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Divorce and Remarriage-After-Divorce in Jesus and Paul:

A Response to David Instone-Brewer


Robert A. J. Gagnon, Ph.D.

Pittsburgh Theological Seminary, Pittsburgh, PA 15206-2596 

June 2009 [put online 9/26/12]

For printing or pagination for citation use the pdf version here.


[N.B.: An abridged version of the following was originally written for my chapter on “Sexuality” (pp. 449-64) in The Oxford Handbook of Evangelical Theology (New York: Oxford University Press, 2010) but could not be included owing to space limitations. Readers should regard this as an extension to the “Sexuality” chapter.]


     Evangelicals have been softening their stance on divorce-and-remarriage for decades but a recent, well-researched book by evangelical scholar David Instone-Brewer, Divorce and Remarriage in the Bible, may be speeding up the process.[1] Instone-Brewer argues that Jesus did not oppose all divorce but only the “any matter” or no-fault divorce promulgated for men by the Hillelite (not Shammaite) branch of the Pharisees. Jesus and Paul assumed the universally accepted grounds for divorce in early Judaism reflected in the marriage contracts of the day: not only adultery but also failure to comply with the three marital obligations specified in Exod 21:10-1l (food, clothing, and conjugal rights).[2] The latter three were grouped in rabbinic sources as material neglect (withholding food and clothing) and emotional neglect (withholding sexual relations, perhaps widened already in the first-century to acts of cruelty and public humiliation). According to Instone-Brewer, Jesus and Paul held that both a person who divorces on valid grounds and a person who is divorced on invalid grounds are free to remarry.

     In my opinion, Instone-Brewer has made the best scriptural case, not only to date but also for the foreseeable future, for broadening the grounds for divorce and remarriage-after-divorce beyond the grounds of adultery, extreme physical abuse, and desertion that are normally accepted in evangelical churches. Many evangelicals have rushed to accept this interpretation of New Testament divorce texts—no doubt, partly on humane grounds, partly out of self-interest, and partly as a way of accommodating to the high divorce rate among evangelicals.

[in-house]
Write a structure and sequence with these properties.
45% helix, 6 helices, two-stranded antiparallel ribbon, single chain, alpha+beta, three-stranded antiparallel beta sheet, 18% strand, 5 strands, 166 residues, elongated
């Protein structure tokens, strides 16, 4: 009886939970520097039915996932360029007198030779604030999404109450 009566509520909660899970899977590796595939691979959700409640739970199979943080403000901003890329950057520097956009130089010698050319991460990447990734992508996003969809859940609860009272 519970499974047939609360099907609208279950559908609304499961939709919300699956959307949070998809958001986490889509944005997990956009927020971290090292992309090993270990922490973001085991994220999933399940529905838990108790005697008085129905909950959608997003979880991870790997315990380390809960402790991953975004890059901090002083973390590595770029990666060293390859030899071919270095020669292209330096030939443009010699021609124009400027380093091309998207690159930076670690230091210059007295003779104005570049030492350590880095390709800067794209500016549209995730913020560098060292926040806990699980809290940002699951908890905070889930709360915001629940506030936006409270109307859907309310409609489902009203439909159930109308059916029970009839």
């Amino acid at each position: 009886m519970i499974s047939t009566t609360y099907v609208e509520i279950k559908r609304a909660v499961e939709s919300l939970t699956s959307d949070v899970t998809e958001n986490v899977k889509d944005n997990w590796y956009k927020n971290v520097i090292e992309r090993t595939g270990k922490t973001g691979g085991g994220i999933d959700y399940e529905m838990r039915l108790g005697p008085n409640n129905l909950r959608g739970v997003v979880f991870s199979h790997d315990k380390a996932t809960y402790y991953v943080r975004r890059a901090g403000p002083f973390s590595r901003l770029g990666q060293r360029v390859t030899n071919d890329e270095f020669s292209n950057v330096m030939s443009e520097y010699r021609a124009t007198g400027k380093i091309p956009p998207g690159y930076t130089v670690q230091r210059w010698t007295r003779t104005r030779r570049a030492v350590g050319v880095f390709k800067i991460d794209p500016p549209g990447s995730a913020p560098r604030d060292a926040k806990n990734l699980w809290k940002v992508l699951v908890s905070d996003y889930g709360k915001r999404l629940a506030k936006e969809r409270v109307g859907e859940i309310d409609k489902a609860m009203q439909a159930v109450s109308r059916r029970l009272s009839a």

What is at stake here? The practical implications of Instone-Brewer’s argument could be far-reaching. The broad classification of “material or emotional neglect” could be misused to permit divorce for almost anything. Indeed, Instone-Brewer himself recommends that pastors not investigate the circumstances of a person’s divorce as a precondition to officiating at a remarriage. So long as the divorced person expresses repentance for breaking marriage vows the pastor can remarry the divorced person, whatever the circumstances of the divorce. While acknowledging that Jesus rejected the “any matter” divorce of the Pharisaic followers of Hillel, Instone-Brewer appears for all practical purposes to end up with “any matter” divorce for Christians or something very much like it.

     As fraught with difficulty as these practical implications may be, my primary concern here is with the question of whether Instone-Brewer correctly understands the positions of Jesus and Paul on divorce and remarriage. I will focus here on three major problems with Instone-Brewer’s reading (there are others).


I. Jesus on Divorce and Remarriage-After-Divorce 

     First, Instone-Brewer’s thesis runs up against the specifics of Jesus’ treatment of the hardest case for a prohibition of remarriage after divorce: the future of a woman invalidly divorced. According to the “Q” tradition in Matt 5:32b par. Luke 16:18b[3] Jesus stated that a man who “marries a released woman [i.e. a woman divorced by her husband] commits adultery.”[4] The wording indicates that Jesus had in view a woman whose husband had divorced her for insufficient cause. For if she were divorced on valid grounds, how could a man who subsequently married her be committing adultery? Adultery is only possible on the assumption that her original marriage is still intact. Therefore, she must have been divorced on invalid grounds, whether because all divorce is invalid or because (as Instone-Brewer believes) she was divorced for some other cause than adultery or (perhaps) serious material or emotional neglect. She was not at primary fault for the divorce: she neither initiated the divorce nor engaged in behavior that would justify her husband divorcing her. Yet any remarriage that she might want to contract remains inhibited by the characterization of any man who marries her as an adulterer.